According to The Giving Block, crypto donations grew by 583 percent on Crypto Giving Tuesday, with $2.4 million in donations coming in on November 30, the organization’s biggest crypto fundraising day. The company reports that about $300 million is donated per year in the form of cryptocurrency.
Coinbase, one of the world’s largest cryptocurrency companies, lists several advantages of donating cryptocurrency. The top one is a tax advantage. Those who donate cryptocurrency directly instead of selling it and donating the dollars from the sale, you would end up paying up to 20 percent in capital gains tax, according to Coinbase.
If you were to just donate crypto directly, “your tax-deductible contribution could go much further,” the company states on its website.
Realizing the benefit to donors, more and more nonprofits have started to accept alternative donations. Nonprofit participation rose 839 percent for Giving Tuesday in 2021, according to The Giving Block, and some of the largest charitable organizations on the planet have started to accept cryptocurrency in some form, from United Way to UNICEF—local charities have begun to take notice as well.
Among the local charities to accept cryptocurrency donations is the Humane Society of Utah.
The organization began to take cryptocurrency donations a few months ago, and takes donations in 26 different currencies, from Bitcoin and Ethereum to Dogecoin. The Humane Society hasn’t widely advertised the fact that it accepts crypto, opting for a slow rollout. As a result, it hasn’t received an abundance of crypto donations to this point. A few smaller donations have come in so far, but Humane Society Executive Director Vaughn Maurice sees a lot of potential for the technology’s future for charities.
“When people understand how easy it is, people that are into crypto can know how to spend it and know how to deal with it fairly easily,” he says. “I think it’s something that will catch on. It’s like anything that’s relatively new as a concept. It’ll take time for people to learn or even accept crypto and get used to that as an idea, but I think it will. I’m very positive about it.”
The Humane Society works with The Giving Block to accept cryptocurrency. Utah Food Bank is another Utah-based organization that accepts cryptocurrency through a partnership with the Giving Block. The Giving Block automatically converts cryptocurrency to cash when the Humane Society receives a donation.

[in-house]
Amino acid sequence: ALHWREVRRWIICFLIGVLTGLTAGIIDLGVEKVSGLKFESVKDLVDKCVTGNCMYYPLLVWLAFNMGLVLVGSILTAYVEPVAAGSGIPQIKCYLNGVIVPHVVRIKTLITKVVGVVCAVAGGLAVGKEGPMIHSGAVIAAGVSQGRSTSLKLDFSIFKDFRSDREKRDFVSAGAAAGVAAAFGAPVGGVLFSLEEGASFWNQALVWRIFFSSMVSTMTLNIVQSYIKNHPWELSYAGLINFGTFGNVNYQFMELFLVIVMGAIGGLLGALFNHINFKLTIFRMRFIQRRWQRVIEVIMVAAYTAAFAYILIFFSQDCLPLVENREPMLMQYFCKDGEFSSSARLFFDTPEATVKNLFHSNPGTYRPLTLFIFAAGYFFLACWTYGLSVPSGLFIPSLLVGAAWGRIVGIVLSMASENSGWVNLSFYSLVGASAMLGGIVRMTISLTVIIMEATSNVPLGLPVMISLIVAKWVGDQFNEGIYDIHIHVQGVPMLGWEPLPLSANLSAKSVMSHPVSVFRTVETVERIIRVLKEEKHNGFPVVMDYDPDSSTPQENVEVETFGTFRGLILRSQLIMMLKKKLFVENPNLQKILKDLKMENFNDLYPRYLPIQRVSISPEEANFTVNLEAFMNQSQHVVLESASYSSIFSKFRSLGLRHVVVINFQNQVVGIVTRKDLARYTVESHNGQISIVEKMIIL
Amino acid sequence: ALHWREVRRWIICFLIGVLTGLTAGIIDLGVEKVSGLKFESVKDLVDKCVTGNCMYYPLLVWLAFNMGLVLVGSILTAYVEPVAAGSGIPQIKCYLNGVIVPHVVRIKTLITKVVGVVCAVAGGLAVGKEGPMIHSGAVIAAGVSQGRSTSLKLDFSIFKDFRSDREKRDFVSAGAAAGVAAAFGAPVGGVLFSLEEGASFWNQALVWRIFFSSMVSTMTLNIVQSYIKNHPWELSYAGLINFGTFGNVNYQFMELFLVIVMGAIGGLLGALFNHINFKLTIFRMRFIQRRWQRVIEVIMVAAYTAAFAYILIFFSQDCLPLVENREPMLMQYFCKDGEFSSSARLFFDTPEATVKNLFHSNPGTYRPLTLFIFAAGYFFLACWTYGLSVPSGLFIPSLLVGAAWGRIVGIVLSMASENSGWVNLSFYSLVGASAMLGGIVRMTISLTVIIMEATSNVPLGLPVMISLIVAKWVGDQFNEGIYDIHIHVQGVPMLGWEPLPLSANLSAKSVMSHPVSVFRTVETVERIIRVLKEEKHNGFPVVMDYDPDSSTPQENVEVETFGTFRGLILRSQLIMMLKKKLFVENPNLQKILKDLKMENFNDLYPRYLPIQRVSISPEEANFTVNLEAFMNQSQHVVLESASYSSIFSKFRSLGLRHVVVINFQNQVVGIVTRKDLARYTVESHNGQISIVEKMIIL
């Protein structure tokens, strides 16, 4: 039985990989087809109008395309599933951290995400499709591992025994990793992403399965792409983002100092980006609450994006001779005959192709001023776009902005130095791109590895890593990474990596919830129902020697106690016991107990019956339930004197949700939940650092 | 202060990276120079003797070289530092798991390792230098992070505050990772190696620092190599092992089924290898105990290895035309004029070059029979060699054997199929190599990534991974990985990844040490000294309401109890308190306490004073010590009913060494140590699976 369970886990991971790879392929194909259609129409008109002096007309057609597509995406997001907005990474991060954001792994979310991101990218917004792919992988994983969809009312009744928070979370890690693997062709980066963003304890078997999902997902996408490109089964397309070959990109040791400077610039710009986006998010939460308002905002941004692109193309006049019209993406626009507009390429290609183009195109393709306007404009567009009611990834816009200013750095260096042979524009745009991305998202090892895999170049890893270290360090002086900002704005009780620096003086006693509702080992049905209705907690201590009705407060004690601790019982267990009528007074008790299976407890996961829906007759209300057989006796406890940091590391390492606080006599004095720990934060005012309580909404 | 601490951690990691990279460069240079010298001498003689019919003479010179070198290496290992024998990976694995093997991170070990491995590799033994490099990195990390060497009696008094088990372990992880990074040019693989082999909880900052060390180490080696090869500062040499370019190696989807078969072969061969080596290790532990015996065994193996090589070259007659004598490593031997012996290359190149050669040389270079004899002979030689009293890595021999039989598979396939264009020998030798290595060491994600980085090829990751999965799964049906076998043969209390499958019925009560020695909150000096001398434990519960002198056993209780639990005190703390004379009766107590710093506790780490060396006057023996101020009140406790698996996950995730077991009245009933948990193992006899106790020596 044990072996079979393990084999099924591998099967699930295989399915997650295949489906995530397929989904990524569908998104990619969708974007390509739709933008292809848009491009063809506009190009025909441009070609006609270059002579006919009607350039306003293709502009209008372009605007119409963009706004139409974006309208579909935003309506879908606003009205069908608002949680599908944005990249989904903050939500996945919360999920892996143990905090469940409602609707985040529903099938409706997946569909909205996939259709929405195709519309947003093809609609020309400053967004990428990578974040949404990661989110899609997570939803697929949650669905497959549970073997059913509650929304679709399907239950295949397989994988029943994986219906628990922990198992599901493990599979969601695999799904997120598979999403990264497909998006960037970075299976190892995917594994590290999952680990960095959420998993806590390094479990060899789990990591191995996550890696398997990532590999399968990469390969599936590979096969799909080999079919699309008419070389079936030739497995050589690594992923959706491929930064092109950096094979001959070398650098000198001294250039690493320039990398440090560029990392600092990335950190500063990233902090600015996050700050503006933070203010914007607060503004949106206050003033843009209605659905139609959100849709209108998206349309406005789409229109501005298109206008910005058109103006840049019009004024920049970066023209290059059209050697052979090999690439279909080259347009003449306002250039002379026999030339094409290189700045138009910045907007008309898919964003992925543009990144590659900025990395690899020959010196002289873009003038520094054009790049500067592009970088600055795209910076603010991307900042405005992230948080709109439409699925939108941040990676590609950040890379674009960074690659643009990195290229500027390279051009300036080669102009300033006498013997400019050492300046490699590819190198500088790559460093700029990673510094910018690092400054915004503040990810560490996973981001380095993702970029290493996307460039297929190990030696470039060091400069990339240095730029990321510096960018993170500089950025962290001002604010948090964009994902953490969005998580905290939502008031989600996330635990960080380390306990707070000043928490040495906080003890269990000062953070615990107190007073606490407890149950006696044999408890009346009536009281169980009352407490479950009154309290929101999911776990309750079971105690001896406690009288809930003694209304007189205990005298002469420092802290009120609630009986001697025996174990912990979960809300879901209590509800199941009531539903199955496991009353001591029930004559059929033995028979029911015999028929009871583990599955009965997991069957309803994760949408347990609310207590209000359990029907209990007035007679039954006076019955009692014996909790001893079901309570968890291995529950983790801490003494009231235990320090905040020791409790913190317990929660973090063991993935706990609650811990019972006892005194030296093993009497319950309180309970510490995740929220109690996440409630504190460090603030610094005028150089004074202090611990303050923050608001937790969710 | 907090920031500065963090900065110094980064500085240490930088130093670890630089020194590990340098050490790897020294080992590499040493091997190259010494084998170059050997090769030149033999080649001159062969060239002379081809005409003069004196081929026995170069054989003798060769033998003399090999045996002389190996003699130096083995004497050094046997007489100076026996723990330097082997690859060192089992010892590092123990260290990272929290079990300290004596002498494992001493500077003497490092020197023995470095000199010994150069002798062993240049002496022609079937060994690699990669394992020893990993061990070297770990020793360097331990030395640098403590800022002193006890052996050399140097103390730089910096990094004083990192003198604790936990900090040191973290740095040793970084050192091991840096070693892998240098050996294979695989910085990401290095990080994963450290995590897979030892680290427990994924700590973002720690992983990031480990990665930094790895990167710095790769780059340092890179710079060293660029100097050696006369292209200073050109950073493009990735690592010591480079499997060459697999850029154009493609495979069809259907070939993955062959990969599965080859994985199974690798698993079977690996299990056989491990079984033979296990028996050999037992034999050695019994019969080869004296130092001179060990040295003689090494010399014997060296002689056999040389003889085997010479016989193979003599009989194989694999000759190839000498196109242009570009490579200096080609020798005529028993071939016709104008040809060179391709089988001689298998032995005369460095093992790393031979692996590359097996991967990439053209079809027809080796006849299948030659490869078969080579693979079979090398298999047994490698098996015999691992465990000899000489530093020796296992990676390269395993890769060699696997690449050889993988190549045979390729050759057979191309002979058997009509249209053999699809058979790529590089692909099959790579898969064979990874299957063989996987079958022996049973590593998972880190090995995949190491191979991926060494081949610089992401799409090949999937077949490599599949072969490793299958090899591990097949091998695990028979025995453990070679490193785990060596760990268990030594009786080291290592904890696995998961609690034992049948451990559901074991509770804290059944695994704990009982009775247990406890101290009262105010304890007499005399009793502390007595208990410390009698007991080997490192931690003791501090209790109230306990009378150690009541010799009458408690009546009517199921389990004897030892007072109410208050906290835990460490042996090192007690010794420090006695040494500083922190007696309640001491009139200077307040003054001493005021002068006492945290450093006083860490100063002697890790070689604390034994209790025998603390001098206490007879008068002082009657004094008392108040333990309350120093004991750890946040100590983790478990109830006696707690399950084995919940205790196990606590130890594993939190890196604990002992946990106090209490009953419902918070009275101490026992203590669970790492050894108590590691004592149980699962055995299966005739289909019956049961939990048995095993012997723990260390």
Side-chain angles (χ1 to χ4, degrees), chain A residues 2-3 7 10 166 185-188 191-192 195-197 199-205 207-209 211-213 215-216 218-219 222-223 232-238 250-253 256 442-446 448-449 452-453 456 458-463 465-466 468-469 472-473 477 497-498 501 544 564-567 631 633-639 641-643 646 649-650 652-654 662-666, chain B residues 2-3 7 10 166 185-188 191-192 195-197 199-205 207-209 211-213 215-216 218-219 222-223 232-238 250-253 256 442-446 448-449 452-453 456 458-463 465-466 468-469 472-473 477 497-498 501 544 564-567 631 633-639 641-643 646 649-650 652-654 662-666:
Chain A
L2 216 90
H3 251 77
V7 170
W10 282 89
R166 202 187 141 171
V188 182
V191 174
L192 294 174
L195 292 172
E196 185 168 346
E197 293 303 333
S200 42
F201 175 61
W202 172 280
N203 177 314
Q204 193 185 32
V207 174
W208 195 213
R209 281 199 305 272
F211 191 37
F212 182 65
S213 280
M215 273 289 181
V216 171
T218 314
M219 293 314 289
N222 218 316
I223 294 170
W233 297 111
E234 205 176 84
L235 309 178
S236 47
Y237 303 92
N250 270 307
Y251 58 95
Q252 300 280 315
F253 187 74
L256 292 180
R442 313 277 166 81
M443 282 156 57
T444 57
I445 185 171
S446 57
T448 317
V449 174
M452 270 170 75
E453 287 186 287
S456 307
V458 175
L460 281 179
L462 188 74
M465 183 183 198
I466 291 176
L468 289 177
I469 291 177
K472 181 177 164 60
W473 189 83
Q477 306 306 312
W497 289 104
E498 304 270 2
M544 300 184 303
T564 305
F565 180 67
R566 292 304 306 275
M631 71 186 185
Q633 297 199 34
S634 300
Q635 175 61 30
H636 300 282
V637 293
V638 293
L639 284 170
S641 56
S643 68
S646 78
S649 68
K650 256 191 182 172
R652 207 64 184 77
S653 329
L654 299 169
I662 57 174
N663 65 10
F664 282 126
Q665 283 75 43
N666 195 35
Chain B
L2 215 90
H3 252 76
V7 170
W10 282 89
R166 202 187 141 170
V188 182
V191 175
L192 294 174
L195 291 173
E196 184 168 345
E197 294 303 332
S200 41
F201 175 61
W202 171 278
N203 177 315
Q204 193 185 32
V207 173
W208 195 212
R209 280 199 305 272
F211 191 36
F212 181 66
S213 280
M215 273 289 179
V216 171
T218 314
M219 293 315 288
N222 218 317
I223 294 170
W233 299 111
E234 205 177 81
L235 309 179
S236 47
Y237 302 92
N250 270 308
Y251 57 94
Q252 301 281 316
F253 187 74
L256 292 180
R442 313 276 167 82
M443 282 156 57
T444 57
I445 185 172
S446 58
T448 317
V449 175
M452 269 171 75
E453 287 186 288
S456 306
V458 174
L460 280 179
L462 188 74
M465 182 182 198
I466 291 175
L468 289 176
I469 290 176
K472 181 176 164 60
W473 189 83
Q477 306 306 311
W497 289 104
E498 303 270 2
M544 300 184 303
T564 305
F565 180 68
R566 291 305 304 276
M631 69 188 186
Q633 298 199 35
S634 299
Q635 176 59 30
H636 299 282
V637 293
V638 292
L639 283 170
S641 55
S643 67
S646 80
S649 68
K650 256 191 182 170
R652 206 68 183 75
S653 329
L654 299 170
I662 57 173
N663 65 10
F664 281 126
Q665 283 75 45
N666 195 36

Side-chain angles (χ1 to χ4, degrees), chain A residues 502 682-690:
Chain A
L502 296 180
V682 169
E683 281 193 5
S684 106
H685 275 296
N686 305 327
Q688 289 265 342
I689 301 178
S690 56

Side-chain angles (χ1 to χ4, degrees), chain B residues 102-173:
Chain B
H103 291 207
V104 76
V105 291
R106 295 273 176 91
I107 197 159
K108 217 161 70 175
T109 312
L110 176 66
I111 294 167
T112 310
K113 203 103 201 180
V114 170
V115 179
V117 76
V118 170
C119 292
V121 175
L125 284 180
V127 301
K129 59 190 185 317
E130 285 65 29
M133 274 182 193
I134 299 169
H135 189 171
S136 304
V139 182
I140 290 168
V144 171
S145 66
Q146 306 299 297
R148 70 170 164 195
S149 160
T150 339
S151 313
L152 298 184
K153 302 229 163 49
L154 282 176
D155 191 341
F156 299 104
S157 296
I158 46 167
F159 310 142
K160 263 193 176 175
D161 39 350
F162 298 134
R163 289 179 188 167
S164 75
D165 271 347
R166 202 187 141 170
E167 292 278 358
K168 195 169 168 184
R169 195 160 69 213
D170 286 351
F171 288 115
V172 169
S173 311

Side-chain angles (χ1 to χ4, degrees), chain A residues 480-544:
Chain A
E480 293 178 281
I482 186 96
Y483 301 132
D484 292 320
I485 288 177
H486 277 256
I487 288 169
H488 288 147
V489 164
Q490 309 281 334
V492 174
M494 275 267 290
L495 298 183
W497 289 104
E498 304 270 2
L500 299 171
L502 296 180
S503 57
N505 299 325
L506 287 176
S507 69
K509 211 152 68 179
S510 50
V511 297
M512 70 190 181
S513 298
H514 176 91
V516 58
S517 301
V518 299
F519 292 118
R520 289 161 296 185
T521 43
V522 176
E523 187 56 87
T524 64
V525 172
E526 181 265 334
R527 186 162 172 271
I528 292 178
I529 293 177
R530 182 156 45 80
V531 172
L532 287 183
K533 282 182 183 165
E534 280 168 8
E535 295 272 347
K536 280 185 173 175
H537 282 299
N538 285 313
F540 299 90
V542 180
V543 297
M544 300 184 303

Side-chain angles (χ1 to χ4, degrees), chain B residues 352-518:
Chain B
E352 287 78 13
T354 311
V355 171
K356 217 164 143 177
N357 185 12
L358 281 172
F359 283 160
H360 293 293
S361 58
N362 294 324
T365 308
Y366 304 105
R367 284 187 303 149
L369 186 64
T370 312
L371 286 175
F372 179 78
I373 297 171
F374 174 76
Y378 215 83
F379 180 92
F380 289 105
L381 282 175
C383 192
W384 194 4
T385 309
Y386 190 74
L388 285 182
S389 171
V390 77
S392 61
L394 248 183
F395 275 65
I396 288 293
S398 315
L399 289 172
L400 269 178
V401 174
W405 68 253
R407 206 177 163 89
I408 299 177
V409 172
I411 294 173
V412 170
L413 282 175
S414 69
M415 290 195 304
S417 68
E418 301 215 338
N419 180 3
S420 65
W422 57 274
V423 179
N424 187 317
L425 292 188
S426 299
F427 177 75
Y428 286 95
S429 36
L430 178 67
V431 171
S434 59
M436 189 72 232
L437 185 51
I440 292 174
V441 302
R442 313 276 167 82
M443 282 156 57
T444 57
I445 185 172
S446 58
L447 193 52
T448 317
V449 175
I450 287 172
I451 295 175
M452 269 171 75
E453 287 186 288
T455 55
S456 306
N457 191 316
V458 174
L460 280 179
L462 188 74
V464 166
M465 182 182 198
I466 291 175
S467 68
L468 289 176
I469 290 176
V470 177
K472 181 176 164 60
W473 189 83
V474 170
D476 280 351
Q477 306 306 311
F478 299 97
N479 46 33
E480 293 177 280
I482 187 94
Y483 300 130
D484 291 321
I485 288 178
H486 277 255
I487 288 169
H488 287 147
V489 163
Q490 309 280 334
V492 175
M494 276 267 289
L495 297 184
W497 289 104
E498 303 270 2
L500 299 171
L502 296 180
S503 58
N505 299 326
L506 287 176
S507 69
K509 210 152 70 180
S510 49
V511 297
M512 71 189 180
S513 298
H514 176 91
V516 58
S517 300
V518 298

The Humane Society doesn’t keep cryptocurrency on its books. It does have investments, but its investment committee takes a conservative approach to investing, with a portfolio of about 25 percent mutual funds and about 75 percent bonds, Maurice says. With the potential volatility of cryptocurrency, the organization has to play it a bit safer with the donations it receives. The partnership with The Giving Block and the ability to quickly turn crypto into cash was a big selling point for Maurice and the Humane Society, he says.
“The number one question when I talked to people about this was ‘Well, how do you know what it’s going to be worth?’” says Maurice.
Maurice hopes that cryptocurrency can play a part as the Humane Society kickstarts a capital campaign in St. George for a brand new shelter.
Another advantage of donating cryptocurrency is privacy, the Coinbase website states, citing a 2021 survey from Give.org that found 61 percent of poll respondents were concerned about data privacy in relation to philanthropy.
The ability for charitable organizations to hold cryptocurrency could also heavily depend on whether more companies begin to accept payments via crypto, or more companies partner with companies that quickly convert cryptocurrency into standard currency. After all, a charity like the Humane Society needs to turn donations into things like food and other pet supplies.
Cryptocurrency donations to help fund the Ukrainian resistance has been one topic that has gained some notoriety since Russia invaded Ukraine in February. The Ukrainian government tweeted its wallet addresses on February 26th, and by the second week of March, Coindesk reported that Ukraine had received “close to $100 million” in crypto donations, according to Alex Bornyakov, Ukraine’s deputy minister at the Ministry of Digital Transformation.
In an instance such as this one, when Ukraine is being actively invaded by another country, those funds need to be spent quickly. Much of that funding was spent on fuel, food, and bulletproof vests for soldiers, according to a Coindesk interview with Michael Chobanian, the founder of Kiev-based crypto exchange Kuna.
Among the companies jumping in to provide assistance was Utah-based web3 company pieFi, whose developers began working with Ukraine United DAO to help in the fight from abroad.
“Web3 in action… pieFi jumped right in to help,” Ty Roney, the company’s marketing director, said in a pair of LinkedIn posts. “It’s inspiring to watch so many people mobilize to help. Super impressed with pieFi for making things happen, fast.”
Among Ukraine United DAO’s goals was to help create “peer-to-peer networks to preserve internet connectivity, even if centralized internet service providers go down,” according to an article from Elizabeth Lopatto for The Verge.
This is just one situation where emerging technology can play a part in doing some good.“It really restores your faith in how people and community and technology can do so much,” Ukrainian-born lawyer Yev Muchnik told The Verge.